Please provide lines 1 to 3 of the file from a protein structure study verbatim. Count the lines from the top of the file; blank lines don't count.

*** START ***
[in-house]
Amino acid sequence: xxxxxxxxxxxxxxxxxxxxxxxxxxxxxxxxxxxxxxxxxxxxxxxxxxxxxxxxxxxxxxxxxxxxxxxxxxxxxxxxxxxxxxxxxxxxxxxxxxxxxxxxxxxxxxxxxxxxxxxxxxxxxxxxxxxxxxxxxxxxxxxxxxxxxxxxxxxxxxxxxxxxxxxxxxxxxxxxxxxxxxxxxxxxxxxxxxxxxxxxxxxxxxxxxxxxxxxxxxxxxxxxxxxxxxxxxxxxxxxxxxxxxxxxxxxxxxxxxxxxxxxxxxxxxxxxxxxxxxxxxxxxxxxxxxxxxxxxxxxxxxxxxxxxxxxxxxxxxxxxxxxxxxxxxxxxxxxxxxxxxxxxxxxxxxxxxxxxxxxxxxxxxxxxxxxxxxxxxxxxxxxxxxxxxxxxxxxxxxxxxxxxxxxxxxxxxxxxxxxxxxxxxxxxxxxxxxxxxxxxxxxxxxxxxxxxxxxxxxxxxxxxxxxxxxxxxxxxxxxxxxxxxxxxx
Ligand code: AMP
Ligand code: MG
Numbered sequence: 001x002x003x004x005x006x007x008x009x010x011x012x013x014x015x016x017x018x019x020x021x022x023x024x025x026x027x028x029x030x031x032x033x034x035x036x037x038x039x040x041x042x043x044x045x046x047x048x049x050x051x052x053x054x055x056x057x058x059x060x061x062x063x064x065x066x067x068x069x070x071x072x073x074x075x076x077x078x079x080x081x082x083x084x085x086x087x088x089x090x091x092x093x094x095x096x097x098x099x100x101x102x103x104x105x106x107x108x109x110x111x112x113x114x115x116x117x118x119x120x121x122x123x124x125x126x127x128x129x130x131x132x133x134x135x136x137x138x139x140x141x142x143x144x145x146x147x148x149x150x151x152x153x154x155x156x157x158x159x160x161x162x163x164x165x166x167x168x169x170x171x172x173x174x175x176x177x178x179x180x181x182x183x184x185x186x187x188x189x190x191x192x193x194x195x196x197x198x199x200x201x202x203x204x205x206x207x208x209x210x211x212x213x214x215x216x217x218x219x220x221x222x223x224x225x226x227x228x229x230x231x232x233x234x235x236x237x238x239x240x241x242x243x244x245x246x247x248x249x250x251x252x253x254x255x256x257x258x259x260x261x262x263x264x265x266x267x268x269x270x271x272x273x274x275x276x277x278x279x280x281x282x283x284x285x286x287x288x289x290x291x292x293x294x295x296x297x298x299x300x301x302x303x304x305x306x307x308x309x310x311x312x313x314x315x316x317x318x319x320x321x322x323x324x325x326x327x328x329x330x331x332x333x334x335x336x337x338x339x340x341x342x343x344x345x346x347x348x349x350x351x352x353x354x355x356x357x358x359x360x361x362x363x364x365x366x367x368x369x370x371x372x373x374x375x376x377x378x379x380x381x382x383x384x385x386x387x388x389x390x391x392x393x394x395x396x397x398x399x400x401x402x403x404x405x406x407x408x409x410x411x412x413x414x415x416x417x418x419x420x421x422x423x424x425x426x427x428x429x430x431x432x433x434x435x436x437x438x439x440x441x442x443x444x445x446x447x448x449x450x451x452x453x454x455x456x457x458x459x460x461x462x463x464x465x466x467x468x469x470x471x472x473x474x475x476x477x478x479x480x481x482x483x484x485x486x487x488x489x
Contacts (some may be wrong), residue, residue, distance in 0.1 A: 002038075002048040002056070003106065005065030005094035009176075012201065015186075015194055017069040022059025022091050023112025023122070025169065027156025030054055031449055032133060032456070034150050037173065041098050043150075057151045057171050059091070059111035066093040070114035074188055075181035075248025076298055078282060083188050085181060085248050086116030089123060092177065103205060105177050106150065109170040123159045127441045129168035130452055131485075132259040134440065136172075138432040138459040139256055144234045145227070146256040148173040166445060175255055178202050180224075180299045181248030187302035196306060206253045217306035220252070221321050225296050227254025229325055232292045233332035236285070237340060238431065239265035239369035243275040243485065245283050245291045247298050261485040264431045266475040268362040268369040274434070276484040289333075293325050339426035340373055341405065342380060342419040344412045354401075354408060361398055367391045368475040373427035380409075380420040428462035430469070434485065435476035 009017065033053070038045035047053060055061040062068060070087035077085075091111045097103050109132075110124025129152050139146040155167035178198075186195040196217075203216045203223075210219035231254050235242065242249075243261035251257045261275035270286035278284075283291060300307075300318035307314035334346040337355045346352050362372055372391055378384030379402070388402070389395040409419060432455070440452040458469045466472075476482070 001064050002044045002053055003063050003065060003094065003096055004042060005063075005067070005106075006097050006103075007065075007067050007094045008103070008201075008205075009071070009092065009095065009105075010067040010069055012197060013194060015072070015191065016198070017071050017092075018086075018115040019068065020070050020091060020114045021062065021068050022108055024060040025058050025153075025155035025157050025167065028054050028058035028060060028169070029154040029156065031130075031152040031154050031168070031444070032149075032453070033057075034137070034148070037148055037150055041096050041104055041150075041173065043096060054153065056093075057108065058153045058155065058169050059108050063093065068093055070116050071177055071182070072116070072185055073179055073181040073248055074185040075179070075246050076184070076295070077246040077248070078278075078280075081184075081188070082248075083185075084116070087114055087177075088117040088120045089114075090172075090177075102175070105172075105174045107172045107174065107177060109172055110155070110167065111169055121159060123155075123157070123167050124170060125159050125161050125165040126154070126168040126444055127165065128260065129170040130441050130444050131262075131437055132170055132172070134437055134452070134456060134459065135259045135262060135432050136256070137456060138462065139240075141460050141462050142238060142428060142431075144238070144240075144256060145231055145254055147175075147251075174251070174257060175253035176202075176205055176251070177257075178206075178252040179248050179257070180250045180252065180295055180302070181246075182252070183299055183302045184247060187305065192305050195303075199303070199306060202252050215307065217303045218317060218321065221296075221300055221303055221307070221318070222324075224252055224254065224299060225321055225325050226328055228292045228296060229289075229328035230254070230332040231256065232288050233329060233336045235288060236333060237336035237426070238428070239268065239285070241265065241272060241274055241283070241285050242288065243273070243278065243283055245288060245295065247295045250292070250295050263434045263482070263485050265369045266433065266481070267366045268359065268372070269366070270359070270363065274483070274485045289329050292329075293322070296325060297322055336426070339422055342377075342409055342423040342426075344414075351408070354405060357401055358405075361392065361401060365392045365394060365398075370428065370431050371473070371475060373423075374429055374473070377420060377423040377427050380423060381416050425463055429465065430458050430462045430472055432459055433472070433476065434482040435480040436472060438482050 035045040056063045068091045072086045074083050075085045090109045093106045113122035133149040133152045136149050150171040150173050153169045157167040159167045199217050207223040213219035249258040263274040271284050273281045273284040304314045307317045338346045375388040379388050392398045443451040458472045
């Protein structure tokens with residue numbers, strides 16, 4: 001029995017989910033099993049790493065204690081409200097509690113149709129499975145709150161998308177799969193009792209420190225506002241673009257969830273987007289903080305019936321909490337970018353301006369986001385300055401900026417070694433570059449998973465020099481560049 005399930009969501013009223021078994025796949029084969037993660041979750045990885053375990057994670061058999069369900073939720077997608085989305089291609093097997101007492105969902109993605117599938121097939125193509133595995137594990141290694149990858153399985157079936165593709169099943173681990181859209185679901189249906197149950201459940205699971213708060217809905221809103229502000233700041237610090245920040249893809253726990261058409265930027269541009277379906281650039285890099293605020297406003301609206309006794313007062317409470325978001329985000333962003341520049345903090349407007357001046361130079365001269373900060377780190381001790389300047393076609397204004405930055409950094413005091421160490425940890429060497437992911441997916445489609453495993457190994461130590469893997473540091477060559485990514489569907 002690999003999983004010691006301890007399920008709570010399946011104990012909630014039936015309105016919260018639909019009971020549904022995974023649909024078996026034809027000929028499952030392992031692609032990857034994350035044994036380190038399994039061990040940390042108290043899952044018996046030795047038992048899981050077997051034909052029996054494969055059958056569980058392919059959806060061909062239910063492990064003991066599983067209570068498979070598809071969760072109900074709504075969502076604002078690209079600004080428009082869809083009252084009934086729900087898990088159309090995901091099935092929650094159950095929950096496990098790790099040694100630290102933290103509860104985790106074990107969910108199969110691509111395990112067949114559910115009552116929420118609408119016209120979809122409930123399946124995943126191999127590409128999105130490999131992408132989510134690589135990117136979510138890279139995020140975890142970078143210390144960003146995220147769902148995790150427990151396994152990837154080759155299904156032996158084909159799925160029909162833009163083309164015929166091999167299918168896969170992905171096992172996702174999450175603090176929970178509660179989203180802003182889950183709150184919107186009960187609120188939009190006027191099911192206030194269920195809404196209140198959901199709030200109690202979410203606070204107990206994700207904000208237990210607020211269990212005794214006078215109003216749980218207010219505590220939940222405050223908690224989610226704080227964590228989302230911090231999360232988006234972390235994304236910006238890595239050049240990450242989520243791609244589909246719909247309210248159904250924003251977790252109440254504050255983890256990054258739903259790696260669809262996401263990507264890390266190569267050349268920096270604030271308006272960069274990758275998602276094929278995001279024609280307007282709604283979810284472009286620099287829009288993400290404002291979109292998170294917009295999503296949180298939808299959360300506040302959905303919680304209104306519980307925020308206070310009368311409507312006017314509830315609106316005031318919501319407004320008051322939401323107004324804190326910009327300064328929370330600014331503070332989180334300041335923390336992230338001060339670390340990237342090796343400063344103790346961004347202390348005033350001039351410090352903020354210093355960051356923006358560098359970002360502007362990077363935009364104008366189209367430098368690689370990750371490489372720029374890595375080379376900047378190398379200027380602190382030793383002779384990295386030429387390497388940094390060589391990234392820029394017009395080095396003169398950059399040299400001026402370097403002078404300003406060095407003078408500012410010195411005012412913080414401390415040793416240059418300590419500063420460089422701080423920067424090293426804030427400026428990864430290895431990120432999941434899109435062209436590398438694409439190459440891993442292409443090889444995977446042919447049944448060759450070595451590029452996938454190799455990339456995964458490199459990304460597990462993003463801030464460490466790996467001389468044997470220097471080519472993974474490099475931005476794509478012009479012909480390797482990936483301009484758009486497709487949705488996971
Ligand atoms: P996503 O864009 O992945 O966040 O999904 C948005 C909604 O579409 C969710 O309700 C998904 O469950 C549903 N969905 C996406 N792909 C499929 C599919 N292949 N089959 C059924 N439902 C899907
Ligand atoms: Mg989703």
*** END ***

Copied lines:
[in-house]
Amino acid sequence: xxxxxxxxxxxxxxxxxxxxxxxxxxxxxxxxxxxxxxxxxxxxxxxxxxxxxxxxxxxxxxxxxxxxxxxxxxxxxxxxxxxxxxxxxxxxxxxxxxxxxxxxxxxxxxxxxxxxxxxxxxxxxxxxxxxxxxxxxxxxxxxxxxxxxxxxxxxxxxxxxxxxxxxxxxxxxxxxxxxxxxxxxxxxxxxxxxxxxxxxxxxxxxxxxxxxxxxxxxxxxxxxxxxxxxxxxxxxxxxxxxxxxxxxxxxxxxxxxxxxxxxxxxxxxxxxxxxxxxxxxxxxxxxxxxxxxxxxxxxxxxxxxxxxxxxxxxxxxxxxxxxxxxxxxxxxxxxxxxxxxxxxxxxxxxxxxxxxxxxxxxxxxxxxxxxxxxxxxxxxxxxxxxxxxxxxxxxxxxxxxxxxxxxxxxxxxxxxxxxxxxxxxxxxxxxxxxxxxxxxxxxxxxxxxxxxxxxxxxxxxxxxxxxxxxxxxxxxxxxxxxxxxxxxx
Ligand code: AMP